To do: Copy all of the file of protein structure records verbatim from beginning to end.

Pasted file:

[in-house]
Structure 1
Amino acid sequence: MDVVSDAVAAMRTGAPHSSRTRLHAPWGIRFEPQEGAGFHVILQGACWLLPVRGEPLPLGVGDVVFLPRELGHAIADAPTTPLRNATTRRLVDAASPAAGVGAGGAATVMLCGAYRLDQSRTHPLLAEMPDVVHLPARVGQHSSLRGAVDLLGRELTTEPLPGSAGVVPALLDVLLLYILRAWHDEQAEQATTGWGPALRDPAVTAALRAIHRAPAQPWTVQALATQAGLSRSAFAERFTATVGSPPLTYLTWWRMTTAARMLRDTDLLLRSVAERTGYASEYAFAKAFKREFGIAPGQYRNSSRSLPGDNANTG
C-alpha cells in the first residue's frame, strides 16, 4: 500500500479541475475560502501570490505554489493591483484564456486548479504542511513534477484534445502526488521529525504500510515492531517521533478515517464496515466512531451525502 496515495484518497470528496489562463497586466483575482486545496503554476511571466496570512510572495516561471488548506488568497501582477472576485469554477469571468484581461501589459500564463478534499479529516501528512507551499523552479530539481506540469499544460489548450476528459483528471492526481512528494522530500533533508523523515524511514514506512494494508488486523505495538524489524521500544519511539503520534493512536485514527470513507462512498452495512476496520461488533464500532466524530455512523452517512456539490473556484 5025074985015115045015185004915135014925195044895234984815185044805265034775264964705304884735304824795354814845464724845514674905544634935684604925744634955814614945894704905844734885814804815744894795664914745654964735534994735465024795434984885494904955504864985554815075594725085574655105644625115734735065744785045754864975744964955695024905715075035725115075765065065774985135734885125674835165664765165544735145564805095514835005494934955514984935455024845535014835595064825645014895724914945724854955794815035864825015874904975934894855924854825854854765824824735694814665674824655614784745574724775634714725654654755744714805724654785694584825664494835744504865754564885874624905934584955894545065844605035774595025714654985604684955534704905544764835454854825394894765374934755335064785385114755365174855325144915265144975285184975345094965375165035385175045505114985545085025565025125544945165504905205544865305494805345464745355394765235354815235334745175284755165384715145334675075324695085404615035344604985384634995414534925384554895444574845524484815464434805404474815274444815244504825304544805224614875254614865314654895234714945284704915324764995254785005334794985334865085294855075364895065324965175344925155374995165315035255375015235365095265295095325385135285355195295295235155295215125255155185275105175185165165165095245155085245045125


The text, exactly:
[in-house]
Structure 1
Amino acid sequence: MDVVSDAVAAMRTGAPHSSRTRLHAPWGIRFEPQEGAGFHVILQGACWLLPVRGEPLPLGVGDVVFLPRELGHAIADAPTTPLRNATTRRLVDAASPAAGVGAGGAATVMLCGAYRLDQSRTHPLLAEMPDVVHLPARVGQHSSLRGAVDLLGRELTTEPLPGSAGVVPALLDVLLLYILRAWHDEQAEQATTGWGPALRDPAVTAALRAIHRAPAQPWTVQALATQAGLSRSAFAERFTATVGSPPLTYLTWWRMTTAARMLRDTDLLLRSVAERTGYASEYAFAKAFKREFGIAPGQYRNSSRSLPGDNANTG
C-alpha cells in the first residue's frame, strides 16, 4: 500500500479541475475560502501570490505554489493591483484564456486548479504542511513534477484534445502526488521529525504500510515492531517521533478515517464496515466512531451525502 496515495484518497470528496489562463497586466483575482486545496503554476511571466496570512510572495516561471488548506488568497501582477472576485469554477469571468484581461501589459500564463478534499479529516501528512507551499523552479530539481506540469499544460489548450476528459483528471492526481512528494522530500533533508523523515524511514514506512494494508488486523505495538524489524521500544519511539503520534493512536485514527470513507462512498452495512476496520461488533464500532466524530455512523452517512456539490473556484 5025074985015115045015185004915135014925195044895234984815185044805265034775264964705304884735304824795354814845464724845514674905544634935684604925744634955814614945894704905844734885814804815744894795664914745654964735534994735465024795434984885494904955504864985554815075594725085574655105644625115734735065744785045754864975744964955695024905715075035725115075765065065774985135734885125674835165664765165544735145564805095514835005494934955514984935455024845535014835595064825645014895724914945724854955794815035864825015874904975934894855924854825854854765824824735694814665674824655614784745574724775634714725654654755744714805724654785694584825664494835744504865754564885874624905934584955894545065844605035774595025714654985604684955534704905544764835454854825394894765374934755335064785385114755365174855325144915265144975285184975345094965375165035385175045505114985545085025565025125544945165504905205544865305494805345464745355394765235354815235334745175284755165384715145334675075324695085404615035344604985384634995414534925384554895444574845524484815464434805404474815274444815244504825304544805224614875254614865314654895234714945284704915324764995254785005334794985334865085294855075364895065324965175344925155374995165315035255375015235365095265295095325385135285355195295295235155295215125255155185275105175185165165165095245155085245045125